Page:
I would be lying if I didn't mention that the constant flashbacks were terribly hard to follow. The team is so large that it's hard to try to keep everyone straight. Not to mention the spider web of interactions they have had with one another over the years. Trying to keep it all straight almost requires the viewer to take notes, rewind, and take more notes.
Blu-ray: Vital Disc Stats
'The Thieves' is a Well Go USA release. It comes on a 50GB Blu-ray Disc, is packaged in a standard keepcase, and has a slipcover. The back of the cover indicates Region A coding.
The Video: Sizing Up the Picture
Even though the movie was shot digitally, it features a lush and filmic image. The AVC-encoded 1080p transfer of 'The Thieves' has style, color and clarity. All of which shine under the high-def microscope.
Detail in close-ups is lifelike. Facial features from hair to flawless female skin, give the presentation a richly detailed look. Mid-range shots, while a little softer, provide ample definition. Building facades feature well-rendered texture. Leaves and trees are vibrant with concise edges.
Shadows are nicely delineated. Blacks are deep and never appear overly flat. Crushing is never an issue here. Colors and skin tones are beautifully natural. Contrast is spot-on. This is a great looking transfer from top to bottom.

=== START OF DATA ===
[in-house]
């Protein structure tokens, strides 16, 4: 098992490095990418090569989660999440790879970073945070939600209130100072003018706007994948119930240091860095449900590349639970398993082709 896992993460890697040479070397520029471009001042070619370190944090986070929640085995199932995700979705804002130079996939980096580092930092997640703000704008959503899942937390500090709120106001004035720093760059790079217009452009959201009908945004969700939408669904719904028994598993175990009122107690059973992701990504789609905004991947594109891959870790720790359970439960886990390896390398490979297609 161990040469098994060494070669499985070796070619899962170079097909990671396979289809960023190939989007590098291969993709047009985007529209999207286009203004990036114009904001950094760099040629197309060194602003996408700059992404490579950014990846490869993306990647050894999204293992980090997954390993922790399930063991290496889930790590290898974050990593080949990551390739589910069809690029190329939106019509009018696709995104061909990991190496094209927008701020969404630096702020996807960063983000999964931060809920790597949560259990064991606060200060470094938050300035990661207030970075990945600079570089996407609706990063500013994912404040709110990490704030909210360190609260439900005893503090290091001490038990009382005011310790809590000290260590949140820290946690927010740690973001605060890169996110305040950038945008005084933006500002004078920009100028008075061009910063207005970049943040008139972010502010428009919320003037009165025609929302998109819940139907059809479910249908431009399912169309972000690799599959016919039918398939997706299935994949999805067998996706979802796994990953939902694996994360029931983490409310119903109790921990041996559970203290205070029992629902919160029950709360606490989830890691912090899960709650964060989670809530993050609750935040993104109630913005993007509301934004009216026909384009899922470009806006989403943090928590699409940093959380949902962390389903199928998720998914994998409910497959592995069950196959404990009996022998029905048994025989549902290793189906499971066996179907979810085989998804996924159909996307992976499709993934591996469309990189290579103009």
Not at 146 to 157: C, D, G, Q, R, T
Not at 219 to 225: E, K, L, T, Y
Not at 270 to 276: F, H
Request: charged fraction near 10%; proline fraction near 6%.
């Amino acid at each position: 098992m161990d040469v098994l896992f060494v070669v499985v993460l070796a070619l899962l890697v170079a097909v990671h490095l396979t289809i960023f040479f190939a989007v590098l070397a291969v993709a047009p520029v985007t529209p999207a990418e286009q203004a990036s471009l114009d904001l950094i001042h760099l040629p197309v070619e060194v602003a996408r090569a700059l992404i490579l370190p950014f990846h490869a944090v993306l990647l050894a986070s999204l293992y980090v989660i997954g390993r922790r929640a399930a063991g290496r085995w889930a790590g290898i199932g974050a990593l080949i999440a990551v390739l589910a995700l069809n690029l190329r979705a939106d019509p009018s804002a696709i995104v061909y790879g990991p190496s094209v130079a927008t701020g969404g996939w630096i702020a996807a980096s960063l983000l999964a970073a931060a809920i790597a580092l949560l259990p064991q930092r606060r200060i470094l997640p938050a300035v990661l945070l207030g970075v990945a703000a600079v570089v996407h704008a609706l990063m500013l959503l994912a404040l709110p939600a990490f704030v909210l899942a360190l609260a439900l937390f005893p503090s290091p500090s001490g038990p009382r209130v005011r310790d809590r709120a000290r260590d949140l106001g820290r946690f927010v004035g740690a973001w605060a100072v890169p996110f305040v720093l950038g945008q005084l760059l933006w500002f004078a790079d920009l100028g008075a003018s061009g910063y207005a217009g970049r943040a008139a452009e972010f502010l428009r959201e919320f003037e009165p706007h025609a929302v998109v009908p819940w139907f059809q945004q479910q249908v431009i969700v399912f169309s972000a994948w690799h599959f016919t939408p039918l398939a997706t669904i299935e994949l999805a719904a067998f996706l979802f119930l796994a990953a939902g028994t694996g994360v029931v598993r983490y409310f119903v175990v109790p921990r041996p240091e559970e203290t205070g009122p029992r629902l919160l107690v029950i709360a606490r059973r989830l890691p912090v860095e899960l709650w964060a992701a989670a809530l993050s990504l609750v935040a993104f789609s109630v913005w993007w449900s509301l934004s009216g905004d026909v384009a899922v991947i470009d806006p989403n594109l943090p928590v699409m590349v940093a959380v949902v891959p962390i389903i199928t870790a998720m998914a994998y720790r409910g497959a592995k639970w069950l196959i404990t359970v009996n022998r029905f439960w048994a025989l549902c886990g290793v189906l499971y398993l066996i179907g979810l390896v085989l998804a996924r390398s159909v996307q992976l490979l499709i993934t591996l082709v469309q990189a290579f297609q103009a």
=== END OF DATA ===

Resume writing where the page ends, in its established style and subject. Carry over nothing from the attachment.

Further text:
The Audio: Rating the Sound
The Korean DTS-HD Master Audio 5.1 mix (with English subtitles) provides an enthusiastic listening experience. Even though this is an action-heist movie, most of the story revolves around the lengthy bouts of dialogue. Dialogue is delivered in Korean, although there is some Japanese, Cantonese, and Mandarin thrown in there for good measure. However, the clarity isn't affected by what language they're speaking. Every bit of spoken word comes out of the front and center channels clearly audible.
The action scenes are just as impressive, but for a different reason. The second half of the movie features a wide array of fully automatic gunfire which fills the soundfield. The rear channels pick up the rapid rat-a-tat-tat of the machine guns as they blast away through wood, metal, and brick. Bullets whiz by every which way as the mix provides a deeply engrossing experience. No complaints here.
The Supplements: Digging Into the Good Stuff
- Making Of Featurette (HD, 6 min.) — A short featurette that mostly covers the wire stunt work done in the movie.
- Meet the 'Thieves' (HD, 5 min.) — A brief look at who's who in the gang.
- Trailer (HD, 2 min.) — The trailer is included.
HD Bonus Content: Any Exclusive Goodies in There?
There are no Blu-ray exclusives provided.
Despite its overly complicated plot, 'The Thieves' still manages to entertain with a wide array of eye-popping stunts and beautiful cinematography. I found it hard to keep everyone's stories straight and remember who hated who, but I did find the movie entertaining as a heist movie. At 138 minutes, it's a little bloated, but the exciting second half makes up for its shortcomings. With very solid video and audio 'The Thieves' is recommended.
- 50GB Blu-ray Disc
- 1080p/MPEG-4 AVC
- Korean: DTS-HD Master Audio 5.1
- Korean: Dolby Digital 2.0
- Making of Featurette
- Meet the 'Thieves'